- Red Riding Hood Cosplay
Yes, I know it sounds kinky, but I was, more or less, referring to how you can use your poncho as a basket. There are a lot of goodies lying around the forest and simply not enough hands to collect all of them. So, get into your apple-picking gear and enjoy your foraging.
- Controlling hemorrhages
Although it’s not advisable to use a tourniquet to control the bleeding, sometimes it may be the only way to prevent a person from going into hypovolemic shock (that’s what happens when someone loses more than 20 percent of his blood supply).
If you don’t have anything on had to use as a tourniquet, cut a long strip of poncho material, apply it above the wound, and start twisting with a stick.
- Carrying sick or injured party members
If someone from your hiking groups becomes injured or experiencing life-threatening symptoms, use the heavy poncho as a stretcher to carry him down to base. Don’t forget to get in touch with the local emergency serves and to stay on the line until the operator says that you can hang up.
- Protection against toxic fumes
If you’re about to cross an area which is filled with toxic fumes (a thing that happens very often during a wildfire), get the heavy poncho out of your bug out bag, put it on, cover your face and nose, and pull strings to keep it shut.
- Improv pillow
Being lost in the wild without any hopes of seeing your loved ones doesn’t mean that should give up the comfort of your home. What most non-preppers don’t realize is that we really don’t drink our own piss or eat half-digested berries from bear’s dung in order to survive. Nope, we use our noggins to increase our comfort and increase our chances of getting out alive.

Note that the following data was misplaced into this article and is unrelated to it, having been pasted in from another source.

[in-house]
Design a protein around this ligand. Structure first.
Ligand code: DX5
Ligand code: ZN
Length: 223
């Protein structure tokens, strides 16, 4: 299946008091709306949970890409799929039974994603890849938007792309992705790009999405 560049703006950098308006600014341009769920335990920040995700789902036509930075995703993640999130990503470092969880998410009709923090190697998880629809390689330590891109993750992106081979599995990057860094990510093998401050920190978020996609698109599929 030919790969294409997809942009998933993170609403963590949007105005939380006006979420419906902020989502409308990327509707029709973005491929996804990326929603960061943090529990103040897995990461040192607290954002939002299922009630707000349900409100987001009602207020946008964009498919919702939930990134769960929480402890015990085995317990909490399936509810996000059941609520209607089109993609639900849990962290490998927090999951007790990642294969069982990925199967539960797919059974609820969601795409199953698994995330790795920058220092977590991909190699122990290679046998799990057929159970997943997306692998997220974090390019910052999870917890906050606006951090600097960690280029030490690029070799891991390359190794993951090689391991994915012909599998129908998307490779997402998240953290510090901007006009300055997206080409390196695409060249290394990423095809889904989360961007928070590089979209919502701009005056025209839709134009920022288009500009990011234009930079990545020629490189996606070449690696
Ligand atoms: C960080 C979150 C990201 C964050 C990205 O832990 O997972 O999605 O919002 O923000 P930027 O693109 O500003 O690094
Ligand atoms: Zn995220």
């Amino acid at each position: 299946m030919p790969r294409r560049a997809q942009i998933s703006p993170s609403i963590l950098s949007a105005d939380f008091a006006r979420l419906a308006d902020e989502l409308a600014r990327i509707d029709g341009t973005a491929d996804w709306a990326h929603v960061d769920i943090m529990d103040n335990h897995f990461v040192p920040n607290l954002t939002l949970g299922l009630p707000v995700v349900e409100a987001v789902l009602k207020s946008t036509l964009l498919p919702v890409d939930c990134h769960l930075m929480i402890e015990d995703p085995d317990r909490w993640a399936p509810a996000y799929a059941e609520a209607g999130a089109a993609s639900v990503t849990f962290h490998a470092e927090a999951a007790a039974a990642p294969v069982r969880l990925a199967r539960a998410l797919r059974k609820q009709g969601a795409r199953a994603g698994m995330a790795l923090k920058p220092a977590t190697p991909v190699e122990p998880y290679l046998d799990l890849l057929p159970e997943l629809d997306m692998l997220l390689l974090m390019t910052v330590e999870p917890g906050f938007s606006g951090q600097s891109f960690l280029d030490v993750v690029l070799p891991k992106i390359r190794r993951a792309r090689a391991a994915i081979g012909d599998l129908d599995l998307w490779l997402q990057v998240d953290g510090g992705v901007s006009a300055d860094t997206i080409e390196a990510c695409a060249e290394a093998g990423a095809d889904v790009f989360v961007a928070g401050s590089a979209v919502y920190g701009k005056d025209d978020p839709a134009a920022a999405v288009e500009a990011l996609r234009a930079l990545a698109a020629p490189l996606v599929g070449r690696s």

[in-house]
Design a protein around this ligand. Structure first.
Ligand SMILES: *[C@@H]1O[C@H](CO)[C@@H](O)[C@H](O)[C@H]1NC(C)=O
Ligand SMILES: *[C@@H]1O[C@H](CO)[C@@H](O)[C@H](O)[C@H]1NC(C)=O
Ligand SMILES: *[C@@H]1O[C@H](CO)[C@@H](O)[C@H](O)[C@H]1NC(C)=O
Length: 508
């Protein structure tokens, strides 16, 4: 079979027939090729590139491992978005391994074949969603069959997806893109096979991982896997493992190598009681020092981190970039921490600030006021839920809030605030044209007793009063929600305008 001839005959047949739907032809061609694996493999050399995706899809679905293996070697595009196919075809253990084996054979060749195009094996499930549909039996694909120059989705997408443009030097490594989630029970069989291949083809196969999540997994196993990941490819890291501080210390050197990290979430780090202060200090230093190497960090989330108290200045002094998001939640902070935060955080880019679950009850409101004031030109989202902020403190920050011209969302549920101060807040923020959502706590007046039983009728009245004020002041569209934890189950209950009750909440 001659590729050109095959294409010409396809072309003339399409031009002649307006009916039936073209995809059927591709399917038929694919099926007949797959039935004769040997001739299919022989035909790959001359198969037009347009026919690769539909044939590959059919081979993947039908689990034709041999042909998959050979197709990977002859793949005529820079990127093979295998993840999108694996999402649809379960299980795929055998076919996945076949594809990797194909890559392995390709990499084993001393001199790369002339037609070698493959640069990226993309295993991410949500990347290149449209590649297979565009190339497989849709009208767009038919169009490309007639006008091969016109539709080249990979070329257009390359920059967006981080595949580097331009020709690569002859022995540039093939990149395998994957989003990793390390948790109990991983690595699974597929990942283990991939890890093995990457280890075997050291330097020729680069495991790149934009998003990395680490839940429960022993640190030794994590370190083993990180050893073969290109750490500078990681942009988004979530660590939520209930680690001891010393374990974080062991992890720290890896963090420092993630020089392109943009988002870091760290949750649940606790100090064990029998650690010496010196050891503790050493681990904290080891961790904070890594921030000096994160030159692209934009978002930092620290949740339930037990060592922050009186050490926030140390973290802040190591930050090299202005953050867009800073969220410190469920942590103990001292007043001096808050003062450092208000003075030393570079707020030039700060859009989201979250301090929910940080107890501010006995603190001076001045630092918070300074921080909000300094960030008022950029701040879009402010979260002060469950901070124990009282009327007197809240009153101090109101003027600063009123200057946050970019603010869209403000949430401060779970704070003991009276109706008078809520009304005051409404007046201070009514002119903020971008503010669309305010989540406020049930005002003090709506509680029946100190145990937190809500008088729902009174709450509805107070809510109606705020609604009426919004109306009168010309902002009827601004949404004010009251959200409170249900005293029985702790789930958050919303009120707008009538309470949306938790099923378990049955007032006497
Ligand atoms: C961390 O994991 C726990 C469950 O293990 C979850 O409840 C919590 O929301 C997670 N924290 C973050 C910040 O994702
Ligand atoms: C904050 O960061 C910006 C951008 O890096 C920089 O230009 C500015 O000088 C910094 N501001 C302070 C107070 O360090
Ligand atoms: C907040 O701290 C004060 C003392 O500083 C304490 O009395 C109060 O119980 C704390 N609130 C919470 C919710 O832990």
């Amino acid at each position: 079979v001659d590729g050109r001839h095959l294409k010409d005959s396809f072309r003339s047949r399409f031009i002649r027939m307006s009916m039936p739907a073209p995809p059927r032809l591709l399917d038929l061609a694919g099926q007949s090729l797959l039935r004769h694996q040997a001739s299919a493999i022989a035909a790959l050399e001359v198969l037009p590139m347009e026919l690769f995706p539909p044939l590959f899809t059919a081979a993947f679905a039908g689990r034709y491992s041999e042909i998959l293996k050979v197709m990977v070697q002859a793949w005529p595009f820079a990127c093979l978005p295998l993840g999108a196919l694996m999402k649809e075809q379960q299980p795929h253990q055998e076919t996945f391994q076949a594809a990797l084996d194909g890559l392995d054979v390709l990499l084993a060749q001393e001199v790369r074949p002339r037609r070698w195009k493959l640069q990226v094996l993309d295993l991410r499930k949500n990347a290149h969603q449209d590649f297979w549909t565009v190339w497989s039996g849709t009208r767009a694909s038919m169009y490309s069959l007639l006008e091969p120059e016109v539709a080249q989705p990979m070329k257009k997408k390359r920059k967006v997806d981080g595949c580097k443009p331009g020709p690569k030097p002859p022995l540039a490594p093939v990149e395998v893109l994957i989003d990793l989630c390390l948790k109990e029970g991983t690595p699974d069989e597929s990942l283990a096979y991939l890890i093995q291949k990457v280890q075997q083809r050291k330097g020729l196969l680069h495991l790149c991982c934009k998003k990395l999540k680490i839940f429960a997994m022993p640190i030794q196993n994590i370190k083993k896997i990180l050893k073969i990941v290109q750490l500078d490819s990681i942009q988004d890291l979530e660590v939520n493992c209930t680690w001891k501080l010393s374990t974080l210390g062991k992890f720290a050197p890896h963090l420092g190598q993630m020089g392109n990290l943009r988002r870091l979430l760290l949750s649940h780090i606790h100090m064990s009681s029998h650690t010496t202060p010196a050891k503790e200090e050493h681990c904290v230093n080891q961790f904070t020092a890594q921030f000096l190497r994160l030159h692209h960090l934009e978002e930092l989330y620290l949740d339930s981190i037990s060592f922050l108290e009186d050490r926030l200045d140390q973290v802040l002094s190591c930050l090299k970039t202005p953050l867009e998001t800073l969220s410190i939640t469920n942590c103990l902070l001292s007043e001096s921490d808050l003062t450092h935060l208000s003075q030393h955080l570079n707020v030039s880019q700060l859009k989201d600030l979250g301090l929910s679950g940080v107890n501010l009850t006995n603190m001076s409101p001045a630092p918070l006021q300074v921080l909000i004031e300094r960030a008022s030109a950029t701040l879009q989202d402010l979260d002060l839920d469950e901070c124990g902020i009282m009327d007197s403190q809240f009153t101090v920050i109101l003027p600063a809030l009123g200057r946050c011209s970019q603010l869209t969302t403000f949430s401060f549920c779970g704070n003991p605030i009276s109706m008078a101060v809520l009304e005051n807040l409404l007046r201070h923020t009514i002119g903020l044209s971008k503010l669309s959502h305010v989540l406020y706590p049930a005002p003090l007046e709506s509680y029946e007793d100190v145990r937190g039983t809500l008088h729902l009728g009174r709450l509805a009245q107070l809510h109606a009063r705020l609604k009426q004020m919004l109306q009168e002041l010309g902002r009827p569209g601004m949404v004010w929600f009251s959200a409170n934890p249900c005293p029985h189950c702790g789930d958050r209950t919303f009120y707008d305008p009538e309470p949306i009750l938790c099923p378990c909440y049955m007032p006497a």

You already know how to fashion yourself a mattress using a heavy one. If you also remembered to pack a light rain poncho, then you have everything you need to create a bedroom fit for a king.
Go around the woods and scavenge soft stuff like pine needles, leaves, moss, grass, soft earth. Put everything inside you light poncho, pull on the strings, put on the mattress and sleep as if you have not a care in the world.
Hope you enjoyed my article on ways to repurpose a poncho. Any thoughts? Hit the comment section and let me know.
Other self-sufficiency and preparedness solutions recommended for you:
The Lost Ways (The vital self-sufficiency lessons our great grand-fathers left us)
Survival MD (Knowledge to survive any medical crisis situation)
Backyard Liberty (Liberal’s hidden agenda: more than just your guns…)
Alive After the Fall (Build yourself the only unlimited water source you’ll ever need)
The Lost ways II (4 Important Forgotten Skills used by our Ancestors that can help you in any crisis)
The Patriot Privacy Kit (Secure your privacy in just 10 simple steps)
I can’t even begin to describe the way I feel about ponchos – yes, those things you carry around in your B.O.B like all the time without actually having a